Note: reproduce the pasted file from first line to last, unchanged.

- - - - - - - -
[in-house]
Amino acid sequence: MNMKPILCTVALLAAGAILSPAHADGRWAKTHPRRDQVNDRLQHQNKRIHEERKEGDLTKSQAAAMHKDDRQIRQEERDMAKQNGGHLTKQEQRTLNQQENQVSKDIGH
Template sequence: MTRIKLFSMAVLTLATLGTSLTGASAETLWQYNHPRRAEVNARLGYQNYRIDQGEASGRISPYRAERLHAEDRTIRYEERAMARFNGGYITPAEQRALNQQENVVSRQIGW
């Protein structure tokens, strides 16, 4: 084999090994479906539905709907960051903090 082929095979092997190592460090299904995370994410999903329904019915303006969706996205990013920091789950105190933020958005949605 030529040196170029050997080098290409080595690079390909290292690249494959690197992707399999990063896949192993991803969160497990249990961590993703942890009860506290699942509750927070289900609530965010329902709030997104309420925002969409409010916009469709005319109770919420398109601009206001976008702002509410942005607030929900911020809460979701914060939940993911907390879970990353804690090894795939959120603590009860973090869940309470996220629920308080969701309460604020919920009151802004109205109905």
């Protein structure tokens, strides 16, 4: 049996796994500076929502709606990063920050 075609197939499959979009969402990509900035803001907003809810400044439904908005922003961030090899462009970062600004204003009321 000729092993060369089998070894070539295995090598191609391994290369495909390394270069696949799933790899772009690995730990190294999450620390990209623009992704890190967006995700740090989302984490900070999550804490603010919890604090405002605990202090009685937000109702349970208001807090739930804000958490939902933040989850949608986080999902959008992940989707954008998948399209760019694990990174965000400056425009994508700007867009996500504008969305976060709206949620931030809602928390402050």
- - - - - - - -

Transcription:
[in-house]
Amino acid sequence: MNMKPILCTVALLAAGAILSPAHADGRWAKTHPRRDQVNDRLQHQNKRIHEERKEGDLTKSQAAAMHKDDRQIRQEERDMAKQNGGHLTKQEQRTLNQQENQVSKDIGH
Template sequence: MTRIKLFSMAVLTLATLGTSLTGASAETLWQYNHPRRAEVNARLGYQNYRIDQGEASGRISPYRAERLHAEDRTIRYEERAMARFNGGYITPAEQRALNQQENVVSRQIGW
């Protein structure tokens, strides 16, 4: 084999090994479906539905709907960051903090 082929095979092997190592460090299904995370994410999903329904019915303006969706996205990013920091789950105190933020958005949605 030529040196170029050997080098290409080595690079390909290292690249494959690197992707399999990063896949192993991803969160497990249990961590993703942890009860506290699942509750927070289900609530965010329902709030997104309420925002969409409010916009469709005319109770919420398109601009206001976008702002509410942005607030929900911020809460979701914060939940993911907390879970990353804690090894795939959120603590009860973090869940309470996220629920308080969701309460604020919920009151802004109205109905």
């Protein structure tokens, strides 16, 4: 049996796994500076929502709606990063920050 075609197939499959979009969402990509900035803001907003809810400044439904908005922003961030090899462009970062600004204003009321 000729092993060369089998070894070539295995090598191609391994290369495909390394270069696949799933790899772009690995730990190294999450620390990209623009992704890190967006995700740090989302984490900070999550804490603010919890604090405002605990202090009685937000109702349970208001807090739930804000958490939902933040989850949608986080999902959008992940989707954008998948399209760019694990990174965000400056425009994508700007867009996500504008969305976060709206949620931030809602928390402050």